One of the most difficult symptoms of ulcerative colitis that I have had to deal with is abdominal cramps. Now, keep in mind that I have children and I think that some of the abdominal cramps that I have rival contractions. OK, maybe they are not that bad – but, sometimes, they sure feel like it!
I have several ways that I cope with the horrible abdominal cramps associated with ulcerative colitis. It is just a matter of trial and error with each abdominal cramp flare-up to figure out what method works the best for that set of cramps. I only take prescription medication when I absolutely have to, and I will not take them if I am staying home and not going anywhere.
I have discovered that laying flat on my stomach on the floor helps to lessen the pain. I am not sure why this works, but it does work for me. I know a few other ulcerative colitis sufferers who say that this helps them, too. When you first lie down on the floor, it hurts a little more, but once you lie down fully and relax, the pain does lessen.
I remember during child birth the nurses told me not to tense my body up. This suggestion works for ulcerative colitis cramps too! The more relaxed you can keep your stomach area, the less it will hurt. I guess that this is why stretching my abdominal muscles works sometimes.
I have an exercise ball that I will lay across on my back. This helps sometimes. I use my exercise ball a lot. I will turn over and lay on my stomach sometimes because the pressure helps to relieve the cramps too.
I have also figured out that if I exercise my stomach muscles when I am not having cramps, that my cramps are not as bad. I do abdominal exercises on my exercise ball. I also work my back muscles. This also helps with my cramps.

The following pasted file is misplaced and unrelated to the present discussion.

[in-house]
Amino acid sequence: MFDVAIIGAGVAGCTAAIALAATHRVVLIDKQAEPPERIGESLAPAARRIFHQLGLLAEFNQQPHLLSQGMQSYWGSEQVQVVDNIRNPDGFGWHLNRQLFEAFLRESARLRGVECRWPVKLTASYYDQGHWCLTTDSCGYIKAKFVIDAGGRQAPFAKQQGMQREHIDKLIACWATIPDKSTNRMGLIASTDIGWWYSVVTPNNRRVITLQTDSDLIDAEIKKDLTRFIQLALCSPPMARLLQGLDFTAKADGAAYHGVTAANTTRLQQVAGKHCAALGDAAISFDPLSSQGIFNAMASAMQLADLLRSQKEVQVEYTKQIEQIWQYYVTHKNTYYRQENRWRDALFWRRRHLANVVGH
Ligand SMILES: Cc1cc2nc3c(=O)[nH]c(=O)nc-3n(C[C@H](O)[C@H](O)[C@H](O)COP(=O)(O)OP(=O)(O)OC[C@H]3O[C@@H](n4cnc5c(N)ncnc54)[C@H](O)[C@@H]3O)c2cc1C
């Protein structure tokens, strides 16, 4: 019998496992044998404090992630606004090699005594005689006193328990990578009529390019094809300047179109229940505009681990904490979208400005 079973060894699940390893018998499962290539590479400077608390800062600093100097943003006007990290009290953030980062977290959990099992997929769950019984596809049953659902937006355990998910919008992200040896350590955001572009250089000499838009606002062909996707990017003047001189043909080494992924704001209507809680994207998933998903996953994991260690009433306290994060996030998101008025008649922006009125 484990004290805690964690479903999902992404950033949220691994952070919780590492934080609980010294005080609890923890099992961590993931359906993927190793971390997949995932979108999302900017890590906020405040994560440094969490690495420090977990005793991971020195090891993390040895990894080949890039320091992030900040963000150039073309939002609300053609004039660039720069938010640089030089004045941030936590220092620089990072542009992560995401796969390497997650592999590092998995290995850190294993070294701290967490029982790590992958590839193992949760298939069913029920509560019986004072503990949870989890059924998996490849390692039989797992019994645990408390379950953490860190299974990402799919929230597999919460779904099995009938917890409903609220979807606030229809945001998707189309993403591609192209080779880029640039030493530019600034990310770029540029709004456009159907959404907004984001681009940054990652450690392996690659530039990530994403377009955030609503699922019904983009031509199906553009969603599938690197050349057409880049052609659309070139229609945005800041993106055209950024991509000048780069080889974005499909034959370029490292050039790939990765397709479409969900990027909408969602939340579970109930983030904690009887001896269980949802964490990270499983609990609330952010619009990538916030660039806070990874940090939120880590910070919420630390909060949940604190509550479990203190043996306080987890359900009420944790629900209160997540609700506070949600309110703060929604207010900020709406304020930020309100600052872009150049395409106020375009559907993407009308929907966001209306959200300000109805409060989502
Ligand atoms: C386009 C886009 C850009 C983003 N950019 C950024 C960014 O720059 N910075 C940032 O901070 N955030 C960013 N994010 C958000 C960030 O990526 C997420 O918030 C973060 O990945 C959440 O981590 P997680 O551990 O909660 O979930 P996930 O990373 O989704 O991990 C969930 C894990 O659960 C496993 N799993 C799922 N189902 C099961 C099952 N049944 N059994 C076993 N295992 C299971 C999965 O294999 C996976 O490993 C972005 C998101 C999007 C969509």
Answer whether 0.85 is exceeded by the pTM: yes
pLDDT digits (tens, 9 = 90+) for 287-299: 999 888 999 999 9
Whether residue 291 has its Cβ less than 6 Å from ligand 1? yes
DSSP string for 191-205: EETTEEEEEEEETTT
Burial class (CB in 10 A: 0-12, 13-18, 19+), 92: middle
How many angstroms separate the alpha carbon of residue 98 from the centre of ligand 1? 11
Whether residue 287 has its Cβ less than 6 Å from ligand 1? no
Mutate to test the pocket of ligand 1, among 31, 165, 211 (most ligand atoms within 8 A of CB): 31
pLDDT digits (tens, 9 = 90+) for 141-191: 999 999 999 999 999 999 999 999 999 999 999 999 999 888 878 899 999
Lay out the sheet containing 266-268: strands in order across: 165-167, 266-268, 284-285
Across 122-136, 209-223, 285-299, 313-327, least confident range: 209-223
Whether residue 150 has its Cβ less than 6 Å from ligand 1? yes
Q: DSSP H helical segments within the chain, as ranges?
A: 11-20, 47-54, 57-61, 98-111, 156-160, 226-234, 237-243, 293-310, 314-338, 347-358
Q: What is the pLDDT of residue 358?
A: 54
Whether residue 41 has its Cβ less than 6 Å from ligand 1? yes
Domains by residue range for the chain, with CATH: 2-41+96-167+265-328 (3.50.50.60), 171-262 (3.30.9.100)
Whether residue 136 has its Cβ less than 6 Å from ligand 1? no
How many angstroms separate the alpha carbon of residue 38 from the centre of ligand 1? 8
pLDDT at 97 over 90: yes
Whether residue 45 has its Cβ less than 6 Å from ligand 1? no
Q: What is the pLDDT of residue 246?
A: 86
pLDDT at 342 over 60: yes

Sometimes, if I am having truly horrible cramps, I run a bath tub of warm water. I put Epsom salt in the water. I make sure that the water is between 104 degrees and 110 degrees. I am not sure exactly why but, this is the temperature range that seems to work the best for me. Anything cooler does not help much. Anything hotter seems to make my cramps worse. Plus, if the water is too hot, I can’t sit in it very long. When you do soak in the tub, if it is not deep enough to cover your whole stomach, turn over and lay on your stomach. This has a triple effect because there will be light pressure on your stomach, it will be in the warm water and you will be stretching your stomach muscles slightly because you have to keep your face out of the water.
I guess that everyone just has to figure out what works for them when it comes to getting through ulcerative colitis cramps. It took me about a year to figure out what works for me. I have a lot of friends who have ulcerative colitis and a few friends with other abdominal conditions who gave me a lot of suggestions that worked for them but, some of the suggestions just did not seem to work for me.
Just remember that every abdominal cramp is different so, you may have to try a few different things to get the best relief possible.